People with ADHD-related conditions often make spontaneous purchases that are unneeded and may hurt their budget. This is because ADHD often makes people hyper focused on present impulses and desires and makes it difficult for those with the disorder to put off immediate gratification for future needs. One study revealed that adults with ADHD impacts finances, as people with ADHD are more likely to use payday loans, pawn shops, pay late fees, and get bank overdrafts. Impulsive shopping can run up a credit card balance very quickly or deplete a savings account to keep it from growing. The researchers found a link between ADHD and ‘present bias’, which is a preference from smaller, short term benefits over larger, long term benefits.
Many people with ADHD joke about the “ADHD tax,” which often takes the form of late fees and fines for things like overdue library books or overdraft fees. If you struggle with ADHD, financial difficulty can make it hard to plan for the future, and the inability to save often carries with it feelings of failure, regret, laziness, and low self-esteem. Therefore, it is important to understand that these issues stem from a mental disorder, not personal failing. The following ADHD finance tips may help you to spend less and save more.

Budget Realistically

Don’t try to limit your monthly spending too stringently, or you might consciously or subconsciously rebel and go on a spending spree. Set a realistic budget that gives you spending money for a few frivolous purchases. Then follow your budget conscientiously to pay bills on time without frequent overspending. Remember to include monthly expenses in your budget along with occasional expenses, like holiday gifts or vacation plans.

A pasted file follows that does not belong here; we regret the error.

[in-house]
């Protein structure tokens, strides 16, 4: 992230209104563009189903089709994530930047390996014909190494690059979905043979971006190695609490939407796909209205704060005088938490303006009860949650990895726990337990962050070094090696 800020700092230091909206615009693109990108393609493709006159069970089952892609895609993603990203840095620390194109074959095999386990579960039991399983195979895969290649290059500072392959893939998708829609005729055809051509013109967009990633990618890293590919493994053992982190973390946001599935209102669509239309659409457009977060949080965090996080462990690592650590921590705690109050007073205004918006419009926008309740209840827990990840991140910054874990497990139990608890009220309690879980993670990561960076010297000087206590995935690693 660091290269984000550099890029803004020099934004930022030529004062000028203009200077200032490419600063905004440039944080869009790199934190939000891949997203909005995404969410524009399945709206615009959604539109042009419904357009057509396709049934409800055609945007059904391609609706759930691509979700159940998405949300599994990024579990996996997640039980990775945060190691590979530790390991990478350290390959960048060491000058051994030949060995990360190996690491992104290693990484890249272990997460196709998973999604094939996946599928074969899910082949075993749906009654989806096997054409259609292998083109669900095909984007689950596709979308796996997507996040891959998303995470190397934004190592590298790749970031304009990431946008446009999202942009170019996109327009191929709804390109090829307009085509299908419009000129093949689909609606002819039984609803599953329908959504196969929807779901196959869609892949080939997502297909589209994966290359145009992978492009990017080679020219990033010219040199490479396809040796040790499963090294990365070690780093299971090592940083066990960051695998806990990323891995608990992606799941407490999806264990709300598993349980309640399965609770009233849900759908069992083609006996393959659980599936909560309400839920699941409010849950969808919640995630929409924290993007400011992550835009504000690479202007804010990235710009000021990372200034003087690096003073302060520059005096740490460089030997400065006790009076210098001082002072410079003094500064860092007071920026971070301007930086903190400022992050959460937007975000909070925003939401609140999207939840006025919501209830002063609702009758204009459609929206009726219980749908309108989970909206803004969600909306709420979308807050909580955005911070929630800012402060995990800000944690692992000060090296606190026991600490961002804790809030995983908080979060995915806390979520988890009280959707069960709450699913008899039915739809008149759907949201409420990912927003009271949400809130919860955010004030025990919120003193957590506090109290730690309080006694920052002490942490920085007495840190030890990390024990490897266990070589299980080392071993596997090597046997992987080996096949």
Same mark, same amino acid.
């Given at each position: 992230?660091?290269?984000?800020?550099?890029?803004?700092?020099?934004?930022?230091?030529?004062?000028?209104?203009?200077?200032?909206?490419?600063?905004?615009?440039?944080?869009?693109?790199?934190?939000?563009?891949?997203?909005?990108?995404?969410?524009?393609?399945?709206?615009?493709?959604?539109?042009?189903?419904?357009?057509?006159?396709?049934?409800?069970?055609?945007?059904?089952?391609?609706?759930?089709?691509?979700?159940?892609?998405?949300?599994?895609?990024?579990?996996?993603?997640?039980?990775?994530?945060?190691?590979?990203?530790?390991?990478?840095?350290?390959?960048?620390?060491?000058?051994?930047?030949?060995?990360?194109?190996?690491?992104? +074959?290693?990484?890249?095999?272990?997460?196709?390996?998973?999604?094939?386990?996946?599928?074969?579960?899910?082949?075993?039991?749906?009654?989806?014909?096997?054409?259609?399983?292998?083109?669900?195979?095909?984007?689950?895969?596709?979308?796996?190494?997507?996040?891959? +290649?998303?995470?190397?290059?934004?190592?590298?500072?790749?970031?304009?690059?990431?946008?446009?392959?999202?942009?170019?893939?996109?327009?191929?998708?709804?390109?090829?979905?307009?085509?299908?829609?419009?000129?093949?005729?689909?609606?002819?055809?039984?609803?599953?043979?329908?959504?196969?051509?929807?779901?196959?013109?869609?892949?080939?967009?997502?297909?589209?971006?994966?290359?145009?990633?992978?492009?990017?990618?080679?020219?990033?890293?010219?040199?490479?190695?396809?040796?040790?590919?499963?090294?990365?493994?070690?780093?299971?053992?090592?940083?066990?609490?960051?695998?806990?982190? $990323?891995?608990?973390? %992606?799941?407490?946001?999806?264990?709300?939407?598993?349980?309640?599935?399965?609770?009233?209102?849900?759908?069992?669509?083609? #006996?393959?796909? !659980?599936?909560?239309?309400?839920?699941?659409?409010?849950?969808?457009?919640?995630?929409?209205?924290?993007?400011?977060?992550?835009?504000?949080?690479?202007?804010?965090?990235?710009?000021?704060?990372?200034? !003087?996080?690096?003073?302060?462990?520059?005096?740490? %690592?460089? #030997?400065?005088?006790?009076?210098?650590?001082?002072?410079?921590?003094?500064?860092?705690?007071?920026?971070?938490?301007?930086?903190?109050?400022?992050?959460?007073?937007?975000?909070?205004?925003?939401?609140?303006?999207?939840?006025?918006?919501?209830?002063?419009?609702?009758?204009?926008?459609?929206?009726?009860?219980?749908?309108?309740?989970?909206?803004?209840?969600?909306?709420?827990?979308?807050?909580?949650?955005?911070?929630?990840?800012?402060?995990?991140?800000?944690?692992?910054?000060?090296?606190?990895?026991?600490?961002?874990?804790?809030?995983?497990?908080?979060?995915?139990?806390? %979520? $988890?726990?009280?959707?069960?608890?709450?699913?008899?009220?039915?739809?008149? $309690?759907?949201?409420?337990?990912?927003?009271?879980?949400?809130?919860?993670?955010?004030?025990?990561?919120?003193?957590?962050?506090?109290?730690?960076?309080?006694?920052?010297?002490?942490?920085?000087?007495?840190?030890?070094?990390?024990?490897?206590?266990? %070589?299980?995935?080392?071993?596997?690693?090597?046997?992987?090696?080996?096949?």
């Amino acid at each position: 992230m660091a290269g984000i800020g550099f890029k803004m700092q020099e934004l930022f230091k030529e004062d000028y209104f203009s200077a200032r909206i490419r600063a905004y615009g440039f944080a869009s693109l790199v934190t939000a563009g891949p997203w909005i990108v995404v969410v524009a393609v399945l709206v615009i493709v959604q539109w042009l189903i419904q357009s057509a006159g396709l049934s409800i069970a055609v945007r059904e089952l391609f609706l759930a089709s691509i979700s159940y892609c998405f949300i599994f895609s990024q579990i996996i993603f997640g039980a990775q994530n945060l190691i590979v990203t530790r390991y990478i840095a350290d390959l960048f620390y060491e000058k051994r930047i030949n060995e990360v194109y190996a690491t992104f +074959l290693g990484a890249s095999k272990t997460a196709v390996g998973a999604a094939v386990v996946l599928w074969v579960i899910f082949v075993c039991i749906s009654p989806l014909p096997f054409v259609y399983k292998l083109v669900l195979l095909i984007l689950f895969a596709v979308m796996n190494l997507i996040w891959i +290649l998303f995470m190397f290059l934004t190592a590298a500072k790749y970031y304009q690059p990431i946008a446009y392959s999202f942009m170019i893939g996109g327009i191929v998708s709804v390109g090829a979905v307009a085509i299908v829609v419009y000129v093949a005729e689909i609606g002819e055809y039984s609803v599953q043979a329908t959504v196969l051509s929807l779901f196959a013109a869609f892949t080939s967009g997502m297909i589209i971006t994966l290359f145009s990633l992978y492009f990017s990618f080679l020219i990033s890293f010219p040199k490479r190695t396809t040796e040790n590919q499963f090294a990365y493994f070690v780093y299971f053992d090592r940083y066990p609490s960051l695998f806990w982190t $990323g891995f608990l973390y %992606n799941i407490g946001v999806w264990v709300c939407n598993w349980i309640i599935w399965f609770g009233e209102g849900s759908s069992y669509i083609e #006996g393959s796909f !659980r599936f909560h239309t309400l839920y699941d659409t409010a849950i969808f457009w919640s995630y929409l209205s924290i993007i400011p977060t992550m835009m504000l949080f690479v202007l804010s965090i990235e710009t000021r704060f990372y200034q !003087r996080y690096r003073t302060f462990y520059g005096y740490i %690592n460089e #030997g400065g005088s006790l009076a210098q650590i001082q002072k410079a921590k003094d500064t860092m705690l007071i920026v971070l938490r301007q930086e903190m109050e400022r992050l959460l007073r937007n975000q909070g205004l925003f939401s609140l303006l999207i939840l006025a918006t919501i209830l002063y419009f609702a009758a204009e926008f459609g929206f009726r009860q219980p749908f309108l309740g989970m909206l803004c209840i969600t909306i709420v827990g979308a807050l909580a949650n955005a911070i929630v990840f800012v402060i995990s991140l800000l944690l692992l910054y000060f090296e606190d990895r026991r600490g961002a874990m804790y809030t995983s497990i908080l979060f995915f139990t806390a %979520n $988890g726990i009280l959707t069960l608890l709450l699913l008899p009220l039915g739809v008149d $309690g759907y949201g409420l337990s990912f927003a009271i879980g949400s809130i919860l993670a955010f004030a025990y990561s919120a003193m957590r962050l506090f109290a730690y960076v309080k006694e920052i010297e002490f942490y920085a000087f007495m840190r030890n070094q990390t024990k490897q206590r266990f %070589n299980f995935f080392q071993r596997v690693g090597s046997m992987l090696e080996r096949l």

Save Automatically

Set up a direct deposit bank account that takes a certain amount from each paycheck and puts it into a savings account. Your regular paycheck earnings can be applied to your monthly budget, and you will never miss the amount that goes toward savings. In addition, plan to deposit other income like a tax return, gift money, rebate checks, or a salary increase to savings. You will be pleasantly surprised to see how fast your savings grow.

Shop Preparedly

Avoid window shopping and random buying. Plan your shopping trips and take just the money or credit you need to make the necessary purchases. Stick to your budget, and if an unexpected item becomes necessary, as when a tool breaks and you need a replacement, try to wait and work it into next month’s budget or use an emergency fund. If it can’t wait, buy it now, and repay that amount from your next paycheck to avoid tapping out your savings.

Set Financial Goals

To maintain your budget or reduce it so that you can save more, plan your spending for the next year or two. Get an idea of how much money per month you can spend as well as how much you want to save. When you have a specific purpose for the savings, such as a down payment on your next car or college tuition, you may find it easier to save rather than just building up money without a specific use in mind.

Prepay Credit Purchases

Get a prepaid bank card with a small amount of available credit for emergencies or planned purchases. Don’t take other credit cards or money with you when you shop so that your spending can necessarily be restricted.
Measures like these can give you greater control over your finances. Stop spending and start saving to enjoy your income more fully.

Author's Bio: 

Brooke Chaplan is a freelance writer and blogger. She lives and works out of her home in Los Lunas, New Mexico. She loves the outdoors and spends most of her time hiking, biking, and gardening. For more information, contact Brooke via Facebook at or Twitter @BrookeChaplan